Spring/Summer 2015
Number 28

Editor's Note

By
Ilan Berman

Today, the United States faces a world in chaos. From the Middle East to the Asia-Pacific, a dizzying array of crises now challenges regional stability—and, by extension, America’s strategic interests abroad. In this edition of The Journal, we take a tour of some of today’s most prominent geopolitical hotspots and flashpoints.

We start our examination in the southern Persian Gulf, as Oren Adaki of the Foundation for Defense of Democracies explains why Yemen could well be the region’s next failed state—and why this would constitute a dangerous development for the United States and its allies. From there, Jantzen Garnett of the Institute for the Study of War provides a probing look at the Islamic State’s newest franchise, situated in Israel’s geopolitical backyard of the Sinai. The American Enterprise Institute’s Michael Rubin then looks at the past and present of the most prominent “frozen conflict” in the greater Middle East: the Western Sahara. Tom Wilson of the Henry Jackson Society follows up with a detailed overview of Israel’s changing threat environment—and of the changes taking place in Israeli policymaking as a result. We round out our examination of the region with M. Zuhdi Jasser of the American Islamic Forum for Democracy, who makes a compelling case that anti-Semitism makes up a core element of Islamist political thought and practice.

From there, we branch out to Asia—and beyond. First, Stratfor’s Phillip Orchard outlines the brewing crisis in the South and East China Seas, where China’s “reclamation” activities are increasingly challenging the regional legal order and strategic status quo. Herman Pirchner of the American Foreign Policy Council offers up a comprehensive, and compelling, description of the current struggle taking place for the soul of Ukraine. The National Defense University’s Leo Michel takes a different tack on much the same subject with his description of what the North Atlantic Treaty Organization is doing to deter Russian behavior in Ukraine, and beyond. Paul Rosenzweig of Red Branch Consulting then takes us behind the scenes of the changes taking place in cyberspace, the next great arena of conflict between the United States and its adversaries. We wrap up with Celina Realuyo of the National Defense University, who argues for a serious strategy to tackle the finances that help sustain and empower the Islamic State terrorist group.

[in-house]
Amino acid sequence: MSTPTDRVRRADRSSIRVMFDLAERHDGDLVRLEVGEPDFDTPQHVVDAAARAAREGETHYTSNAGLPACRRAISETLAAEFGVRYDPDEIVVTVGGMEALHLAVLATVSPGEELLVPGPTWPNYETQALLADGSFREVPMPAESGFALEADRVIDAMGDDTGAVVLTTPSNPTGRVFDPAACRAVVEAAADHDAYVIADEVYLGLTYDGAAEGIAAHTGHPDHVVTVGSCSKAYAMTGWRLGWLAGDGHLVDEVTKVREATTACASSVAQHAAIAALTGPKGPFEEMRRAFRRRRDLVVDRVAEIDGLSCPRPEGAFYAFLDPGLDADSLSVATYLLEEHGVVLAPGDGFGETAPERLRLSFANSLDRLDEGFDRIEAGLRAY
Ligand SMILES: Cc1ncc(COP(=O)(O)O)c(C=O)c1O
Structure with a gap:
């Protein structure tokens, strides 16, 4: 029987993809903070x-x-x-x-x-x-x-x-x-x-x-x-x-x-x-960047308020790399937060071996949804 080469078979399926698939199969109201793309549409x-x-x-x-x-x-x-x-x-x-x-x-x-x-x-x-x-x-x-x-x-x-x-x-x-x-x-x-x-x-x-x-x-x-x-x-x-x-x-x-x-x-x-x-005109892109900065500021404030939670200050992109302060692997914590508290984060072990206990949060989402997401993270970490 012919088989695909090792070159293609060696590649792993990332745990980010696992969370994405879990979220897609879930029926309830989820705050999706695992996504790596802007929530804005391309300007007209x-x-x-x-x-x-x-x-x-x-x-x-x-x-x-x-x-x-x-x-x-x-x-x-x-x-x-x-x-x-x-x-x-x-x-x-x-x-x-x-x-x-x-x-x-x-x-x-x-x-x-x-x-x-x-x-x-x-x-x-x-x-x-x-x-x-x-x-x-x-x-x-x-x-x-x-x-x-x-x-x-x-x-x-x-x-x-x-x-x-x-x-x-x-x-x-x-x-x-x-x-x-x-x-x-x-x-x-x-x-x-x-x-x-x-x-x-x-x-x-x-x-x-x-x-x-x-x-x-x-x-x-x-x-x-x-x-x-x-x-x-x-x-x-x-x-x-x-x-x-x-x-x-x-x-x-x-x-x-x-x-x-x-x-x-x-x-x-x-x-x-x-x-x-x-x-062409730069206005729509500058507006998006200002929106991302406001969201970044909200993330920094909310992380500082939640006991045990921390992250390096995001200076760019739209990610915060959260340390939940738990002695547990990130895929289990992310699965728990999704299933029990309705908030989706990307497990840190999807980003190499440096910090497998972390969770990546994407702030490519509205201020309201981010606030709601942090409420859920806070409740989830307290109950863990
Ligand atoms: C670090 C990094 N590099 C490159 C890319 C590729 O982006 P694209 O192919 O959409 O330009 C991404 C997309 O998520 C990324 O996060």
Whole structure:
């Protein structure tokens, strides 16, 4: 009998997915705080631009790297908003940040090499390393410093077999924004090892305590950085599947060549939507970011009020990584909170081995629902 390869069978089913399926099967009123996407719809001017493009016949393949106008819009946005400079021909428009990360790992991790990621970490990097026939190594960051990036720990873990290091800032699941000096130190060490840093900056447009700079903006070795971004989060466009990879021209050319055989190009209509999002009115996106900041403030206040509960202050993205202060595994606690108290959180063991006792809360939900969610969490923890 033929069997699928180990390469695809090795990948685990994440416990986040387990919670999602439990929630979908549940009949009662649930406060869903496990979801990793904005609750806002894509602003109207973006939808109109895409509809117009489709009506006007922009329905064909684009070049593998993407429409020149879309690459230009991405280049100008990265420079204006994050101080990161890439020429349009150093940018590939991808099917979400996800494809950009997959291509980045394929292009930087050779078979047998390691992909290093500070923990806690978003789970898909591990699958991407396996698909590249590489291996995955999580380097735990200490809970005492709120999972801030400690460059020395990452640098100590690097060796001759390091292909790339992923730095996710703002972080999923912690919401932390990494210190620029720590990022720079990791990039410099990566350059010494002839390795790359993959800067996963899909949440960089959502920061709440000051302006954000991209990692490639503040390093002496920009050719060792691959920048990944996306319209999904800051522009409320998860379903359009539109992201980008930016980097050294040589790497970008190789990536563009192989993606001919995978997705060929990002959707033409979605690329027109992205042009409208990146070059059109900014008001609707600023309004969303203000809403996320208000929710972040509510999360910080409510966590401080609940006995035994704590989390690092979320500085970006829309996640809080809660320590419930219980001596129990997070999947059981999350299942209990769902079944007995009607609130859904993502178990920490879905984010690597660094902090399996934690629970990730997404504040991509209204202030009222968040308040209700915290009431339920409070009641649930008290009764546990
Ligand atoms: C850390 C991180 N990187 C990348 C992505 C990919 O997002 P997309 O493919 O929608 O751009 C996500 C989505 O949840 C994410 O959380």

Our coverage does not stop there, however. This issue’s “Perspective” interviewee is former Under Secretary of Defense Douglas J. Feith, who weighs in on the Syrian civil war, the unfolding nuclear deal with Iran, and a multitude of other issues. This time out, our “Dispatches” come from Finland, China and Spain. And our book reviews cover a quartet of important new contributions dealing with Russia, espionage and American foreign policy.

In short, like the current state of the world, this issue of The Journal offers a great deal of food for thought. We hope that you find its pages interesting—and illuminating.

Ilan Berman

Editor